The MBA's Mortgage Credit Availability Index draws on data from the AllRegs Market Clarity product. A decline in the MCAI indicates that lending standards are tightening, while increases in the index are indicative of a loosening of credit, the MBA said.
According to the Association, the Index slid 0.7% to 111.5 in August, the first time it moved down after four consecutive months of increases. The MBA set the MCAI to 100 in March 2012 and reported, by way of comparison, that if had been in existence in 2007 it would have had a value of around 800.
The MBA attributed the drop to less availability of some interest only mortgages as well as lower availability of housing finance loans with terms of more than 30 years. In addition, shifting borrower eligibility requirements on jumbo loans helped lower the MCAI, the association said.
“The slight decline in the MCAI in August reflected a reduction in the availability of certain loan features, particularly interest-only and terms exceeding 30 years,” said Mike Fratantoni, MBA’s vice president of research and economics.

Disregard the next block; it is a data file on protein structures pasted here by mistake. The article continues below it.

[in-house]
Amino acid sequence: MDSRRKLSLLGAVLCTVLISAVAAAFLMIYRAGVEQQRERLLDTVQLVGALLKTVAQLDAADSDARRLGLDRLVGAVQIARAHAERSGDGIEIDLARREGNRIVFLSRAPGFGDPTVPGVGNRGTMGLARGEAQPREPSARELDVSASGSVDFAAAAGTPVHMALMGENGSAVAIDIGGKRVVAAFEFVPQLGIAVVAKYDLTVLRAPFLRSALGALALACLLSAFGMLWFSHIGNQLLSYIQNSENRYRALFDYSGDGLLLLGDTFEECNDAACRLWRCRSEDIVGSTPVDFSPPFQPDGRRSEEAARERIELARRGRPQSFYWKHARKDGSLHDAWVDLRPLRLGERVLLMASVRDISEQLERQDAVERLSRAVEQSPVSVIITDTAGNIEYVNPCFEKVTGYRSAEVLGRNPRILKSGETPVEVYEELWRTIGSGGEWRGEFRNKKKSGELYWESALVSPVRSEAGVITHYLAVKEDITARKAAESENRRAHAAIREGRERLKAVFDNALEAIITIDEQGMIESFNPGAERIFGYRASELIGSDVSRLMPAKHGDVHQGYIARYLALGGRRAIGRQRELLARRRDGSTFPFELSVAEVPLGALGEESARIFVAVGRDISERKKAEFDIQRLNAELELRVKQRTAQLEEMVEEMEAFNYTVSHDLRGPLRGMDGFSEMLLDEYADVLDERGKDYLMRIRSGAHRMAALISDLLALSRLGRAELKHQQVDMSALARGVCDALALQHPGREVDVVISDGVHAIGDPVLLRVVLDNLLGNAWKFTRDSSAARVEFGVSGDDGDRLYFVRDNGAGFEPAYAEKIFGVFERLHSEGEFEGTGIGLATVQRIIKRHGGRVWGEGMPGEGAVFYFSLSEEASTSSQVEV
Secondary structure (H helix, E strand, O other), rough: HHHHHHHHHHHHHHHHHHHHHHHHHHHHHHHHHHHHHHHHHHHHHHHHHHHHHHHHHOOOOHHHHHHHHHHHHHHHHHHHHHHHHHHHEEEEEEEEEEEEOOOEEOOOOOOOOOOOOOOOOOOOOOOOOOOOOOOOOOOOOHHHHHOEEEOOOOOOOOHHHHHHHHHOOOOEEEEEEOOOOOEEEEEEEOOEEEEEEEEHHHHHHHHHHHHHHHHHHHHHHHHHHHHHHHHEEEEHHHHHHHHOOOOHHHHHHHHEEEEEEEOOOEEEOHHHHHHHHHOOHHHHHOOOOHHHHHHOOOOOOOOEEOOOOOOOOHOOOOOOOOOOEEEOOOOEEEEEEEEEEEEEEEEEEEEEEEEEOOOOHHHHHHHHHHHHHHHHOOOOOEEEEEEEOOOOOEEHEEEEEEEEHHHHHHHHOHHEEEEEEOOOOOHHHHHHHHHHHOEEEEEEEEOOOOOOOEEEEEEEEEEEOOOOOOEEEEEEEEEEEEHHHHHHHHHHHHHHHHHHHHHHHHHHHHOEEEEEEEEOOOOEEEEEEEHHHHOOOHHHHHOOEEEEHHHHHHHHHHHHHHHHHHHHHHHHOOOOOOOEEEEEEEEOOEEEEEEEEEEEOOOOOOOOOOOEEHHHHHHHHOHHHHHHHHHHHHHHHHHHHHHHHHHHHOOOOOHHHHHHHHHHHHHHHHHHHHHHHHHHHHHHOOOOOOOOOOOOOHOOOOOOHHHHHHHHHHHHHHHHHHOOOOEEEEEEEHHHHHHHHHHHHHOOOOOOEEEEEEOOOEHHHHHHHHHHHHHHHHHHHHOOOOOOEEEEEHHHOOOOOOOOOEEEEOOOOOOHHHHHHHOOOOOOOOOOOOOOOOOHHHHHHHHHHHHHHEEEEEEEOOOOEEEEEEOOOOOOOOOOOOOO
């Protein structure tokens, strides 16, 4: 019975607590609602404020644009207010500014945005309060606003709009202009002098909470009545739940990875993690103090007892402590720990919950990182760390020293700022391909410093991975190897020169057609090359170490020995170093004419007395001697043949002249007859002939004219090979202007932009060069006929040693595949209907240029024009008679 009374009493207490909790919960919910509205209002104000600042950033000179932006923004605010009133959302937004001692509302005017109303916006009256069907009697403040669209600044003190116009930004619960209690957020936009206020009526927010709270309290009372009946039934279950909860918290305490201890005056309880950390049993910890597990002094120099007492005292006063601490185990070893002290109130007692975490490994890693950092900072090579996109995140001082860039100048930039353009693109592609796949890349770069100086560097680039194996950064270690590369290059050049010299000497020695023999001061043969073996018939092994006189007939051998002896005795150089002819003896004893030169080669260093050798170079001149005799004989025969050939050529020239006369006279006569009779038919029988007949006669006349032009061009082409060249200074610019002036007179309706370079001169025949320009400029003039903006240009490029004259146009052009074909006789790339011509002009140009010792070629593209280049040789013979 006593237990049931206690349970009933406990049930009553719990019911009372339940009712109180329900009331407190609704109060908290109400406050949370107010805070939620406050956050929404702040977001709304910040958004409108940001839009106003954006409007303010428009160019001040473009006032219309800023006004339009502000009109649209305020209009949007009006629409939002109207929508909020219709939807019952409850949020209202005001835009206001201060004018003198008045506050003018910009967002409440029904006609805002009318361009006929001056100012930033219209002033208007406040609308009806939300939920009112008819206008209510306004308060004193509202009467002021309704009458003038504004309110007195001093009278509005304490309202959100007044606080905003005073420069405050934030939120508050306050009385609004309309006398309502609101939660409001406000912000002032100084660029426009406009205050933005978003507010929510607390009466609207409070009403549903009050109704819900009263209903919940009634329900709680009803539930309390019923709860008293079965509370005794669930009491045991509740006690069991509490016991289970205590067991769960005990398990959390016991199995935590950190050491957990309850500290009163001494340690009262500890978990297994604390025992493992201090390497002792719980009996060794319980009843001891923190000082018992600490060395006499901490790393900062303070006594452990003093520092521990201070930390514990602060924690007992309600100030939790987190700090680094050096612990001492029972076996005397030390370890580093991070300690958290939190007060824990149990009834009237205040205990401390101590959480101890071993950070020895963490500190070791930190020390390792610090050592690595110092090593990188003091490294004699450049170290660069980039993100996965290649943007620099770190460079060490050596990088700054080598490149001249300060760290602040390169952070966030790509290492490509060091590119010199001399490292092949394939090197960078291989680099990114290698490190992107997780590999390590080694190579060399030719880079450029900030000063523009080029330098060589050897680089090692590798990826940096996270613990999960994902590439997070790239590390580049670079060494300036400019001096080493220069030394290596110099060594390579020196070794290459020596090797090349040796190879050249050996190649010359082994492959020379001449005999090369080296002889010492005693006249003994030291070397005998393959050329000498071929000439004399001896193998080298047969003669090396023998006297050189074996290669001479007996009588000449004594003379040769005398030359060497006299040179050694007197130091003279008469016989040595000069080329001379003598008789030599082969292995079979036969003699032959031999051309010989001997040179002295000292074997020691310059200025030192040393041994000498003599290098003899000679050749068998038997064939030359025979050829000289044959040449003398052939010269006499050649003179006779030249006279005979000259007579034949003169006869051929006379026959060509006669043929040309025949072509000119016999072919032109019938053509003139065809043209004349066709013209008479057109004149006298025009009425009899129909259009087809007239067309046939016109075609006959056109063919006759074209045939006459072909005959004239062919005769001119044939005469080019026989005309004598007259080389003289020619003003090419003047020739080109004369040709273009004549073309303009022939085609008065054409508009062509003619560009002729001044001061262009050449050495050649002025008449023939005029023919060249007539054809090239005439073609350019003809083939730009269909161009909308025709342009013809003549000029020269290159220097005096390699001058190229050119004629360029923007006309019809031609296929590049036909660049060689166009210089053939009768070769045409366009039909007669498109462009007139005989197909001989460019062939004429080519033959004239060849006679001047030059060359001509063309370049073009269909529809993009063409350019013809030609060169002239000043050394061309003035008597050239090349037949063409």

“As these loan features are outside of the qualified mortgage (QM) definition, these changes may reflect the beginning of QM implementation, and the fact that Fannie Mae and Freddie Mac are limited to acquiring loans that meet the QM definition,” Fratantoni said.
The MBA said that several factors related to borrower eligibility for housing finance loans go into calculating the MCAI, including credit score, loan type, loan-to-value ratio among others.